Bloomberg has released a new series of graphs showing what it takes to be in the top 1% around the world.
The graphs are based on a variety of data sources including the World Inequality Database, KPMG’s worldwide tax data and the Knight Frank Wealth report.
“Since the financial crisis, income inequality has garnered increasing attention from economists, politicians, and journalists, and perhaps no income level has been cited more than the so-called 1 percent,” said Bloomberg researcher Ben Steverman.
“Yet that term can describe a wide variety of earners, depending on where they live,” he said.
Steverman’s research shows that unsurprisingly income standards vary wildly around the world.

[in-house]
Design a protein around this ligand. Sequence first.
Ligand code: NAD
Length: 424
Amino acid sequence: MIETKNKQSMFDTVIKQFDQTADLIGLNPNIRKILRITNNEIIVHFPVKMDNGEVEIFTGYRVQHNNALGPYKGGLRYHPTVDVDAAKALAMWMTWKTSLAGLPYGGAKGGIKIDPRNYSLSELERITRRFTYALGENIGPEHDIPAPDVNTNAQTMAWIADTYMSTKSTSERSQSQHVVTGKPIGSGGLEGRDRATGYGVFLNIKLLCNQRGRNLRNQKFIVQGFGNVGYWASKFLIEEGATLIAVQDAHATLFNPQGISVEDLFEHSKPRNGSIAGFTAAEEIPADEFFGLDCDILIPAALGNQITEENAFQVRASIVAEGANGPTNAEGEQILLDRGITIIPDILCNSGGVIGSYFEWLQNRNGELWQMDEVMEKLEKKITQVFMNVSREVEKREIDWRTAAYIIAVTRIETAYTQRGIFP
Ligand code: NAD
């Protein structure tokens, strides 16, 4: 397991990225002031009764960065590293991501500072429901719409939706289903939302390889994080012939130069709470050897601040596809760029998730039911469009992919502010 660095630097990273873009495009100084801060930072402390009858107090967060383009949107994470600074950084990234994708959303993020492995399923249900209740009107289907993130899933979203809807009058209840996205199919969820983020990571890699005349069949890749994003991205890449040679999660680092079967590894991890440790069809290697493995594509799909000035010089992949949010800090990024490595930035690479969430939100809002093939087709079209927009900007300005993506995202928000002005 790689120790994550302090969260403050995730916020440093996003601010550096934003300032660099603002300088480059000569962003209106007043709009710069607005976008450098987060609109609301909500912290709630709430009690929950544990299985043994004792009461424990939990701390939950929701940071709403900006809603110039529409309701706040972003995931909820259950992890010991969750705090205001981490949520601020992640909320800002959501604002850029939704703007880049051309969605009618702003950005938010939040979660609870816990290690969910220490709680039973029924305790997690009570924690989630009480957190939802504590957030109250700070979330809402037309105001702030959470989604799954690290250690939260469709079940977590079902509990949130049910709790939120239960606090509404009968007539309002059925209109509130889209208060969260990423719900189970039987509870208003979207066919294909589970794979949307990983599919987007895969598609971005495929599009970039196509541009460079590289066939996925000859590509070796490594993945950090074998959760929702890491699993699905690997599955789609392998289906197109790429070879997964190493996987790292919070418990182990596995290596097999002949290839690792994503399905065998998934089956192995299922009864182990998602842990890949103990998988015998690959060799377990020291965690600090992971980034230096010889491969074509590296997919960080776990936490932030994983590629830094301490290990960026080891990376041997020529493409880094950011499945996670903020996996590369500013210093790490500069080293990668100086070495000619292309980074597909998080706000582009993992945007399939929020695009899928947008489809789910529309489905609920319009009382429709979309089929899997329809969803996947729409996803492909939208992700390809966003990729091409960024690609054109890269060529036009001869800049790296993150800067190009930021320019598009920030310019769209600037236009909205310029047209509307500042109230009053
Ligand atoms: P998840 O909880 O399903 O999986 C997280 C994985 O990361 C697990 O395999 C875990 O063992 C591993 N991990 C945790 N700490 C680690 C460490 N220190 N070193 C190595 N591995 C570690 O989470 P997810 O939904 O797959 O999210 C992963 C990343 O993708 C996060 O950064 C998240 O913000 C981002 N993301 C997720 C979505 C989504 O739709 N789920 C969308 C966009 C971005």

For example, you might need the combined incomes of eleven 1 percenters in India, a developing market, to equal one in the oil-rich United Arab Emirates, he said.
This is the case in South Africa where you will need $162,000 (R2.21 million) annual pre-tax income to be considered in the top 1% of earners.
This is significantly higher than India (R1.1 million) and China (R1.43 million), but substantially lower compared to developed nations such as the USA (R6.5 million) and the UAE (R12.1 million).
Part of this disparity may be explained by the respective income tax rates in these countries.
France, Austalia, China, the UK and South Africa all have a top marginal tax rate of more than 40%, while citizens in Bahrain and the UAE pay no marginal tax rate at all.
“In most of the developed world, 1 percenters don’t keep everything they make,” said Steverman
“A significant share of their income is earmarked for the government. In many countries, the highest income tax rate applies to only a portion of the 1 percent.”